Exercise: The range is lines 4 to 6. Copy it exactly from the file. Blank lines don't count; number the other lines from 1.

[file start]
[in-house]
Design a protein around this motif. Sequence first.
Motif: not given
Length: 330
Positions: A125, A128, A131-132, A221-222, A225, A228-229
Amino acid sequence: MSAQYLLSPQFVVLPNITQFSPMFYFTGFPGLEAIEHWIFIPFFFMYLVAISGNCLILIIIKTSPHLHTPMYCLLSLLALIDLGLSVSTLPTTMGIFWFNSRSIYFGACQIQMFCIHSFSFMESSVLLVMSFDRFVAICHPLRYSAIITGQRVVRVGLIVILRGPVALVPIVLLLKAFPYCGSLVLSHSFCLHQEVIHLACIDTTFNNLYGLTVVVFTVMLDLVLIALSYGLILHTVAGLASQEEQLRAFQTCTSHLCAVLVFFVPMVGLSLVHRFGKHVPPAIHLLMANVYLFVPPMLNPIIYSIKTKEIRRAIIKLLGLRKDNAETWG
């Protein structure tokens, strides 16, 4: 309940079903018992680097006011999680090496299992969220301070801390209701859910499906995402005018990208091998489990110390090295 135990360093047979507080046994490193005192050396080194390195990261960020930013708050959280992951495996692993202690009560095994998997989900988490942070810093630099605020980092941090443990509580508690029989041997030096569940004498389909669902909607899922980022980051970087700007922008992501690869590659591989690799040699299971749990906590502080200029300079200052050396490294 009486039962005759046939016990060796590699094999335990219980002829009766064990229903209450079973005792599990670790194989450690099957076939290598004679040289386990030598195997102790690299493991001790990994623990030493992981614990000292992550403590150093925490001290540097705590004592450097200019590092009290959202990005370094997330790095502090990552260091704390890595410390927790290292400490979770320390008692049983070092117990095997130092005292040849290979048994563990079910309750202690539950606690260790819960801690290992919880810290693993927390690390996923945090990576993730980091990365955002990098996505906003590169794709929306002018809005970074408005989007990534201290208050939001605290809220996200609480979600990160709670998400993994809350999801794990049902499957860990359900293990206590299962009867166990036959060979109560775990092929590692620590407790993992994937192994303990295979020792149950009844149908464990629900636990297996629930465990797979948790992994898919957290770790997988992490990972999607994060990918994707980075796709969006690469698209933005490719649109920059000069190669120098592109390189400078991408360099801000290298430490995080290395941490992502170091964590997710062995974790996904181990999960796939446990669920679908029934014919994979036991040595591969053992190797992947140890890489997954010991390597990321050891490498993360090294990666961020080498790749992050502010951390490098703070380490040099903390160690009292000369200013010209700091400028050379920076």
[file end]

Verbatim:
Length: 330
Positions: A125, A128, A131-132, A221-222, A225, A228-229
Amino acid sequence: MSAQYLLSPQFVVLPNITQFSPMFYFTGFPGLEAIEHWIFIPFFFMYLVAISGNCLILIIIKTSPHLHTPMYCLLSLLALIDLGLSVSTLPTTMGIFWFNSRSIYFGACQIQMFCIHSFSFMESSVLLVMSFDRFVAICHPLRYSAIITGQRVVRVGLIVILRGPVALVPIVLLLKAFPYCGSLVLSHSFCLHQEVIHLACIDTTFNNLYGLTVVVFTVMLDLVLIALSYGLILHTVAGLASQEEQLRAFQTCTSHLCAVLVFFVPMVGLSLVHRFGKHVPPAIHLLMANVYLFVPPMLNPIIYSIKTKEIRRAIIKLLGLRKDNAETWG